C++ Destructors

Question 1
Can destructors be private in C++?
Tick
Yes
Cross
No


Question 1-Explanation: 

Destructors can be private. See Private Destructor for examples and uses of private destructors in C++.

Question 2
Predict the output of following C++ progran
#include <iostream>
using namespace std;
 
int i;
 
class A
{
public:
    ~A()
    {
        i=10;
    }
};
 
int foo()
{
    i=3;
    A ob;
    return i;
}
 
int main()
{
    cout << foo() << endl;
    return 0;
}
Cross
0
Tick
3
Cross
10
Cross
None of the above


Question 2-Explanation: 
While returning from a function, destructor is the last method to be executed. The destructor for the object “ob” is called after the value of i is copied to the return value of the function. So, before destructor could change the value of i to 10, the current value of i gets copied & hence the output is i = 3. See this for more details.
Question 3
Like constructors, can there be more than one destructors in a class?
Cross
Yes
Tick
No


Question 3-Explanation: 
There can be only one destructor in a class. Destructor\'s signature is always ~ClassNam() and they can not be passed arguments.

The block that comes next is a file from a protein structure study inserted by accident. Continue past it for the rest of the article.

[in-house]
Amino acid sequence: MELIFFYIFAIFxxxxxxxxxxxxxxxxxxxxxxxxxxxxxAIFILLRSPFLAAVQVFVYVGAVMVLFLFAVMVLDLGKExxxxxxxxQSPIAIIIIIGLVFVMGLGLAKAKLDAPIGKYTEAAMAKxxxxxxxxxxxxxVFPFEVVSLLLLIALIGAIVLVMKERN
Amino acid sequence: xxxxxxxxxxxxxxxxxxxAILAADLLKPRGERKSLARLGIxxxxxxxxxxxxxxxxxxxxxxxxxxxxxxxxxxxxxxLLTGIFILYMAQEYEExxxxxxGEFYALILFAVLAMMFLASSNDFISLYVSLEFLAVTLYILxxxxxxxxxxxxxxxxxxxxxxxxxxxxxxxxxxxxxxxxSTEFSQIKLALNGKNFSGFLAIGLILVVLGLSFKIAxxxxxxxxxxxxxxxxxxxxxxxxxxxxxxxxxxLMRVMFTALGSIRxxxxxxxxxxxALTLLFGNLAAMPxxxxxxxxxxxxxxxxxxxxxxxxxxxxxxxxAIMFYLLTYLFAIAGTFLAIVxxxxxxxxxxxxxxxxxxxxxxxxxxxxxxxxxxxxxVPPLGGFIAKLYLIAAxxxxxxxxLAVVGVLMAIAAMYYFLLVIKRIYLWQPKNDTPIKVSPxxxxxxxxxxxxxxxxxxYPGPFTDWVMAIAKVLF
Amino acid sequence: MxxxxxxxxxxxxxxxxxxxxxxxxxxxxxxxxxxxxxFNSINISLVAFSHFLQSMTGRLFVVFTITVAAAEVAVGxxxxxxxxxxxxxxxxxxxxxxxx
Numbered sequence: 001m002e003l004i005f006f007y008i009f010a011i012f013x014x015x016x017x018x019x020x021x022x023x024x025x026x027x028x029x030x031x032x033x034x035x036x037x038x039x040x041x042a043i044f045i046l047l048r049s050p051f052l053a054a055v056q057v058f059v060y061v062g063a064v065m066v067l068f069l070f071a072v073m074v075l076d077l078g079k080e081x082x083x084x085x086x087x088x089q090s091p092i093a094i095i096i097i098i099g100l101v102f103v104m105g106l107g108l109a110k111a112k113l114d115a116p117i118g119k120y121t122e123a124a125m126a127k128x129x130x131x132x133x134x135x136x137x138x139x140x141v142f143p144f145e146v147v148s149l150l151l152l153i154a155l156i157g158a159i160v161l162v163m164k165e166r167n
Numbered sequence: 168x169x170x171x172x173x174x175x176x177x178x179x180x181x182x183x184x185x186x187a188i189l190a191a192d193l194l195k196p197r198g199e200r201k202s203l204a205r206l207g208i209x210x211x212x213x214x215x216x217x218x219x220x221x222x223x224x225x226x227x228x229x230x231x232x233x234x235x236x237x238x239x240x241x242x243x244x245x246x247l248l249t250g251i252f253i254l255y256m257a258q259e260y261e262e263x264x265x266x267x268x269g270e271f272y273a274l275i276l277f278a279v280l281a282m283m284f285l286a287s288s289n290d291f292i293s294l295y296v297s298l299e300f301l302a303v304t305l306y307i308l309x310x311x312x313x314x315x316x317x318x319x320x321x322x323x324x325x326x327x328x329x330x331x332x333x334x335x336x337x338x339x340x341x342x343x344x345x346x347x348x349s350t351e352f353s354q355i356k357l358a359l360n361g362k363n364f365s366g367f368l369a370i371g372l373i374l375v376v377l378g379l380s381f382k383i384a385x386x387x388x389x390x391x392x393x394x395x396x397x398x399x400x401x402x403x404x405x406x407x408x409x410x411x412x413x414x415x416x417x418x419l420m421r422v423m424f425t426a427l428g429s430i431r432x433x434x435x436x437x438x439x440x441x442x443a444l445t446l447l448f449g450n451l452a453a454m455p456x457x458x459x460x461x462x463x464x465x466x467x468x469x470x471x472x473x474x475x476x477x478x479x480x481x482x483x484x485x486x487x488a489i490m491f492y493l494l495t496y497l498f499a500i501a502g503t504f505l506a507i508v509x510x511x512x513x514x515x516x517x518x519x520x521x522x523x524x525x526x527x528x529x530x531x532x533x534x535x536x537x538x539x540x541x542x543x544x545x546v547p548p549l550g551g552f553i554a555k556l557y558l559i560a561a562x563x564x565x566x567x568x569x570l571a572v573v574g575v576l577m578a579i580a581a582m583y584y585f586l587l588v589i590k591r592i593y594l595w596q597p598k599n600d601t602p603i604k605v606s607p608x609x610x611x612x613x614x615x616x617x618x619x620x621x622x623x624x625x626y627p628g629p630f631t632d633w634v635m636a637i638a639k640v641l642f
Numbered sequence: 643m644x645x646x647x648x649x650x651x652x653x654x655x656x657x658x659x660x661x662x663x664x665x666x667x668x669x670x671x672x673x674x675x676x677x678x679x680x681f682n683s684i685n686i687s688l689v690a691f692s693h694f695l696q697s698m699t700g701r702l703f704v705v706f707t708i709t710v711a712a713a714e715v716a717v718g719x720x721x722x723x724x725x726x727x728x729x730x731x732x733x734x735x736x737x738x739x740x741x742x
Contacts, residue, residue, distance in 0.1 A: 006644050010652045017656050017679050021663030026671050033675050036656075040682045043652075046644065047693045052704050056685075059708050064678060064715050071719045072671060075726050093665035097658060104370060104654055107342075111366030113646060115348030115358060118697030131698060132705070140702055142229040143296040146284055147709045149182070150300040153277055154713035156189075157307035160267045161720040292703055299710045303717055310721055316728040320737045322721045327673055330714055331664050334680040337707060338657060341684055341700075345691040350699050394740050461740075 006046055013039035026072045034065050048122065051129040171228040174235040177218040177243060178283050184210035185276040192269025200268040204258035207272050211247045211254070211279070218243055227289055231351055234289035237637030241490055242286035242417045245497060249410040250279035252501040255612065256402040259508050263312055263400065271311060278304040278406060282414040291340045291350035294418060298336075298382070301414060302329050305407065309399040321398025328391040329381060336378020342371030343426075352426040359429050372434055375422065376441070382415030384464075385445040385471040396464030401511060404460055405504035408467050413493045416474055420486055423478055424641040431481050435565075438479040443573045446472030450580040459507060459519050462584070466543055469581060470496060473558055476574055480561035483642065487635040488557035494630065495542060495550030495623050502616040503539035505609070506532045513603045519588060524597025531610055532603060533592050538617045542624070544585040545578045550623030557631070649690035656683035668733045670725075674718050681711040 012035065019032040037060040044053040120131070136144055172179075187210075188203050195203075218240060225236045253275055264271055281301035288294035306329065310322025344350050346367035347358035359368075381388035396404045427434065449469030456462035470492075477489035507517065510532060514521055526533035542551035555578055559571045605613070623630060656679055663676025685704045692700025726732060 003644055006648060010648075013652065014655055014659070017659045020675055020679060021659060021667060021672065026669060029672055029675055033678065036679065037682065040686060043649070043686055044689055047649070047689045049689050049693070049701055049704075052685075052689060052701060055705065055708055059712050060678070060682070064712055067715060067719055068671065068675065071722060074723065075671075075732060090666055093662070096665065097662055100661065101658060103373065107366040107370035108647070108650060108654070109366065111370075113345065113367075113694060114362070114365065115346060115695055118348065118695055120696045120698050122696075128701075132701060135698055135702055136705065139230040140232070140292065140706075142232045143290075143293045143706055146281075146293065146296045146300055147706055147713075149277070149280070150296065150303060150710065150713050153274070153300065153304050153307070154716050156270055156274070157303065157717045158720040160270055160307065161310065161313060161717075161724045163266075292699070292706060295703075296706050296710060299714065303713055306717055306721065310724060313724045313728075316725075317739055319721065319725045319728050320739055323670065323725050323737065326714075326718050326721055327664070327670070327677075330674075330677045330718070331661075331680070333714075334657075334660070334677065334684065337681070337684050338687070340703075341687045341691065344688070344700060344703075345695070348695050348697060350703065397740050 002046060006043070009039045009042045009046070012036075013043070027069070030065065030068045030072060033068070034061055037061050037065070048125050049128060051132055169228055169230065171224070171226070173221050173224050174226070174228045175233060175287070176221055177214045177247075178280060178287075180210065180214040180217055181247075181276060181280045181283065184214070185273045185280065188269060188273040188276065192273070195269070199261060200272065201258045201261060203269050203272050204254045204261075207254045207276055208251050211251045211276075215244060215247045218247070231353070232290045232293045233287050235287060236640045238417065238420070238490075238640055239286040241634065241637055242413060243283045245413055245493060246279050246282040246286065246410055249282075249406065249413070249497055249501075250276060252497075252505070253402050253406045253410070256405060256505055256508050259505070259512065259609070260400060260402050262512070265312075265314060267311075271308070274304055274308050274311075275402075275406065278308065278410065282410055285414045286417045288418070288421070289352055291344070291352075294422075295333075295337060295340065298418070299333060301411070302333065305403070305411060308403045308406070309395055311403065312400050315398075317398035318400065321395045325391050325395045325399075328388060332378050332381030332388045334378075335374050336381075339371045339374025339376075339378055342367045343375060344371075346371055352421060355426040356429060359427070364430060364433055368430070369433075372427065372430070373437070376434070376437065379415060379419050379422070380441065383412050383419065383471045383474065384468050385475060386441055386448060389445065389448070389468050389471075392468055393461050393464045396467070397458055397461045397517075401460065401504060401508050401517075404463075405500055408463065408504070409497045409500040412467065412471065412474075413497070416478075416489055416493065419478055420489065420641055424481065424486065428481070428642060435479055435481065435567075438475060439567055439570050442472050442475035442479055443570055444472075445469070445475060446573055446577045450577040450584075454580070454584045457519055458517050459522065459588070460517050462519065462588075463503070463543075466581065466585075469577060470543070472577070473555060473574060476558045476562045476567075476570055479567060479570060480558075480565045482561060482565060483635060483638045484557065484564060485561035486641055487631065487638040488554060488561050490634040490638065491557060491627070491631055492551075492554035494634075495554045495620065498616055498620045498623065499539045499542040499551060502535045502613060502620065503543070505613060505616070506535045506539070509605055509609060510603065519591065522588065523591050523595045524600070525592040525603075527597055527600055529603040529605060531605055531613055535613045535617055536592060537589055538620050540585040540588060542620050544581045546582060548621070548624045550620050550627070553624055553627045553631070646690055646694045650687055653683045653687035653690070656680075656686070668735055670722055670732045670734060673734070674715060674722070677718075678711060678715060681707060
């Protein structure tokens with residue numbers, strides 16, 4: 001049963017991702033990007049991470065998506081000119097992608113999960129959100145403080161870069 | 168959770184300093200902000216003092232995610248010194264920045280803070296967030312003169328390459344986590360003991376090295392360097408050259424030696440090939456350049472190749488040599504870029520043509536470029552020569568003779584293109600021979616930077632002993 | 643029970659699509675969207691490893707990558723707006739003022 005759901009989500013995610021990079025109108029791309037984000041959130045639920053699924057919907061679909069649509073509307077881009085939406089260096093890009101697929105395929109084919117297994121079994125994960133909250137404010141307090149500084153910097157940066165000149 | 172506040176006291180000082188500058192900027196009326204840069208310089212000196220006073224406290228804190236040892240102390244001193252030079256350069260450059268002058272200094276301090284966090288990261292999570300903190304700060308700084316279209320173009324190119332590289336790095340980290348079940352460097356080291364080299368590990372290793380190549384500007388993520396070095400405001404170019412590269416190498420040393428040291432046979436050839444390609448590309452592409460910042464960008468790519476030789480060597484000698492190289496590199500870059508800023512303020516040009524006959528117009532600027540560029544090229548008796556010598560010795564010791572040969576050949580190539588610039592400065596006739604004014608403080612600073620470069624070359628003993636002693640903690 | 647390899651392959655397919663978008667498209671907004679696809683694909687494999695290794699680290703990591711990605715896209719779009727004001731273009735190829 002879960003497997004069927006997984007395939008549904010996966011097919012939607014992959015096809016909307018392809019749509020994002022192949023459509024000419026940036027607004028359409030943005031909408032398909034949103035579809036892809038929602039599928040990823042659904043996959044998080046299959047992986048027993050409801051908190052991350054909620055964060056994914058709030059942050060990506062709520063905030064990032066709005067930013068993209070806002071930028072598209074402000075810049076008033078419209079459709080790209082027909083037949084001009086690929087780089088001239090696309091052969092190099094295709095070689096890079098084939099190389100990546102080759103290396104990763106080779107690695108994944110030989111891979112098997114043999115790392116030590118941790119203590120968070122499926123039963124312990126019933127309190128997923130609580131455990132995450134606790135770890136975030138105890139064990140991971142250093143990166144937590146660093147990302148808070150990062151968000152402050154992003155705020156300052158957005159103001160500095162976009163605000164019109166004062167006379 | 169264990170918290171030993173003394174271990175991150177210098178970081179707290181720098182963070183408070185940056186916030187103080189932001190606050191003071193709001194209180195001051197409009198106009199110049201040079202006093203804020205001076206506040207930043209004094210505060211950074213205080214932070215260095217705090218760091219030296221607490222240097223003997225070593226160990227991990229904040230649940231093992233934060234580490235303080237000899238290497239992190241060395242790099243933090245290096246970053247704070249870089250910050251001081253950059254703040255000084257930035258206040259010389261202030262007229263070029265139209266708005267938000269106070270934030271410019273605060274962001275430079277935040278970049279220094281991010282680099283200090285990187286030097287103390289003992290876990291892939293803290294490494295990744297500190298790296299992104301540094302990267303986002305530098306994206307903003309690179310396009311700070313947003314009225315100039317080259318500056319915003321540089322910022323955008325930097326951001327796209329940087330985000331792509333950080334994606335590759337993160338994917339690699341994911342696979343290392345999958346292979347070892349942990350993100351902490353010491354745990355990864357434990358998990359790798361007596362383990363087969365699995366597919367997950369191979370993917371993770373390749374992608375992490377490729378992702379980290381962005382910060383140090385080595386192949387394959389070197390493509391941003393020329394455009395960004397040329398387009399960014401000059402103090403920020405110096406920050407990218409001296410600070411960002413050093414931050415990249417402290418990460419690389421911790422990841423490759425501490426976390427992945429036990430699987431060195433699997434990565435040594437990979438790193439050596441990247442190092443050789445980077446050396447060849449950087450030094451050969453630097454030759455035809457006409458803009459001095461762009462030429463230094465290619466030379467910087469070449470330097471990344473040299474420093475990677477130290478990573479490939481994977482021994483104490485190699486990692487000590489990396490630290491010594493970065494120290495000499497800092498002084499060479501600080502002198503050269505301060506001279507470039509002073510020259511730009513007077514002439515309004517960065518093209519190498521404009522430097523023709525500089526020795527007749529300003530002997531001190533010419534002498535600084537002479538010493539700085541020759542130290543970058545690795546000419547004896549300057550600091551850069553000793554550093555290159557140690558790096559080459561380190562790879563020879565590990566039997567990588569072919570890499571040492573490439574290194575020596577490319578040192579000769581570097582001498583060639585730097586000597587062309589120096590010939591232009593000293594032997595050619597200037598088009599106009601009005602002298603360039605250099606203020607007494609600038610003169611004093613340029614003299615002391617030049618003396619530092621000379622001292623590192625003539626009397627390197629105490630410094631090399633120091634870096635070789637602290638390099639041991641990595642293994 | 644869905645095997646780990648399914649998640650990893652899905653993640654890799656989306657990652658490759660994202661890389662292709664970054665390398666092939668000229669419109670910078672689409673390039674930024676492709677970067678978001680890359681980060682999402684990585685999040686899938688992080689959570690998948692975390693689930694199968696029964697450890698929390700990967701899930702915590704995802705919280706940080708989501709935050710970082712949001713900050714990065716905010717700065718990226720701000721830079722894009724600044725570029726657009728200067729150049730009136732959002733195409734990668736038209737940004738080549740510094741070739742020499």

Question 4
#include <iostream>
using namespace std; 
class A
{
    int id;
    static int count;
public:
    A() {
        count++;
        id = count;
        cout << "constructor for id " << id << endl;
    }
    ~A() {
        cout << "destructor for id " << id << endl;
    }
};
 
int A::count = 0;
 
int main() {
    A a[3];
    return 0;
}
Tick
constructor for id 1
constructor for id 2
constructor for id 3
destructor for id 3
destructor for id 2
destructor for id 1
Cross
constructor for id 1
constructor for id 2
constructor for id 3
destructor for id 1
destructor for id 2
destructor for id 3
Cross
Compiler Dependent.
Cross
constructor for id 1
destructor for id 1


Question 4-Explanation: 
In the above program, id is a static variable and it is incremented with every object creation. Object a[0] is created first, but the object a[2] is destroyed first. Objects are always destroyed in reverse order of their creation. The reason for reverse order is, an object created later may use the previously created object. For example, consider the following code snippet.
A a;
B b(a);
In the above code, the object ‘b’ (which is created after ‘a’), may use some members of ‘a’ internally. So destruction of ‘a’ before ‘b’ may create problems. Therefore, object ‘b’ must be destroyed before ‘a’.
Question 5
Can destructors be virtual in C++?
Tick
Yes
Cross
No


Question 5-Explanation: 
There are 5 questions to complete.

  • Last Updated : 28 Sep, 2023

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